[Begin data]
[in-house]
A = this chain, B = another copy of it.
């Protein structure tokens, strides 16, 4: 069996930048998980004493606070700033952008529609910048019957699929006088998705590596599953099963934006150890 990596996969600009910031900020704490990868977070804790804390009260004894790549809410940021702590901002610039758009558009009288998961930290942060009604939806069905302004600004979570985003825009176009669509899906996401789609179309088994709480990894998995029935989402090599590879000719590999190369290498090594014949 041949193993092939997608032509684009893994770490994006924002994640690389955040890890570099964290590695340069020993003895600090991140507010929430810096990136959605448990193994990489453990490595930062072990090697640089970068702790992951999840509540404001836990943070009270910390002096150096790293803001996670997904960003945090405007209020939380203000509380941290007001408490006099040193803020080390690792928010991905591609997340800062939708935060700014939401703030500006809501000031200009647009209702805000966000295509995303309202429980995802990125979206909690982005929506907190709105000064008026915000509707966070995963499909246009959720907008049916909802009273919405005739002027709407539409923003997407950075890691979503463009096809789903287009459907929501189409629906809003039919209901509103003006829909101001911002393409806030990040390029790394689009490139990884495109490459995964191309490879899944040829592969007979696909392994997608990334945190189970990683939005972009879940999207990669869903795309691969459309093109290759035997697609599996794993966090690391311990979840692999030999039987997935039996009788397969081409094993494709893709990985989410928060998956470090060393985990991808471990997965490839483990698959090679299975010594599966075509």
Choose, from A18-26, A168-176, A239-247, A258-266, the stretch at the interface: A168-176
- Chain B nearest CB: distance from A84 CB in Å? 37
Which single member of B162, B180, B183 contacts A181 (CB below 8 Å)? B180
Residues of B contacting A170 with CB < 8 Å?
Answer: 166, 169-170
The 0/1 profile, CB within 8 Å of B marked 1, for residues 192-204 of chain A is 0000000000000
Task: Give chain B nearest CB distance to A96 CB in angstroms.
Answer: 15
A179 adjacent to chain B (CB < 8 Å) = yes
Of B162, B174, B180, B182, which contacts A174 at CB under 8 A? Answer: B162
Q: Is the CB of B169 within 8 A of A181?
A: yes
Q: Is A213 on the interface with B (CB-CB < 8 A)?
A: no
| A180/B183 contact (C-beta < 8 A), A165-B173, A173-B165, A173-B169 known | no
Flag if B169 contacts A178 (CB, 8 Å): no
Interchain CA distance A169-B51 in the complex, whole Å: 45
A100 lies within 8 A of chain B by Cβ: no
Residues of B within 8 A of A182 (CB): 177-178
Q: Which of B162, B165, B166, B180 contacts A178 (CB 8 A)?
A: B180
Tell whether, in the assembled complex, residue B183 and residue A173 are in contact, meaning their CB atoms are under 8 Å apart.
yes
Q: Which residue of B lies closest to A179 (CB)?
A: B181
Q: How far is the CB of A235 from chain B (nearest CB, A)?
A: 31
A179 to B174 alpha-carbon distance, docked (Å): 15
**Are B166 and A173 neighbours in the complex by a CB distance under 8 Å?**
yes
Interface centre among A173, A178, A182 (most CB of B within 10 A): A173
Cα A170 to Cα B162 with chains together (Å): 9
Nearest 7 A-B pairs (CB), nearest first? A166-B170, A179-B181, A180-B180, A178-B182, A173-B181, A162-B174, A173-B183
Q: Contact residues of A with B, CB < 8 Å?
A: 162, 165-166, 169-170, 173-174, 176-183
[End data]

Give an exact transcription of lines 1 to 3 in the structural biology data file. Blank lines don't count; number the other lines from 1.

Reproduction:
[in-house]
A = this chain, B = another copy of it.
């Protein structure tokens, strides 16, 4: 069996930048998980004493606070700033952008529609910048019957699929006088998705590596599953099963934006150890 990596996969600009910031900020704490990868977070804790804390009260004894790549809410940021702590901002610039758009558009009288998961930290942060009604939806069905302004600004979570985003825009176009669509899906996401789609179309088994709480990894998995029935989402090599590879000719590999190369290498090594014949 041949193993092939997608032509684009893994770490994006924002994640690389955040890890570099964290590695340069020993003895600090991140507010929430810096990136959605448990193994990489453990490595930062072990090697640089970068702790992951999840509540404001836990943070009270910390002096150096790293803001996670997904960003945090405007209020939380203000509380941290007001408490006099040193803020080390690792928010991905591609997340800062939708935060700014939401703030500006809501000031200009647009209702805000966000295509995303309202429980995802990125979206909690982005929506907190709105000064008026915000509707966070995963499909246009959720907008049916909802009273919405005739002027709407539409923003997407950075890691979503463009096809789903287009459907929501189409629906809003039919209901509103003006829909101001911002393409806030990040390029790394689009490139990884495109490459995964191309490879899944040829592969007979696909392994997608990334945190189970990683939005972009879940999207990669869903795309691969459309093109290759035997697609599996794993966090690391311990979840692999030999039987997935039996009788397969081409094993494709893709990985989410928060998956470090060393985990991808471990997965490839483990698959090679299975010594599966075509």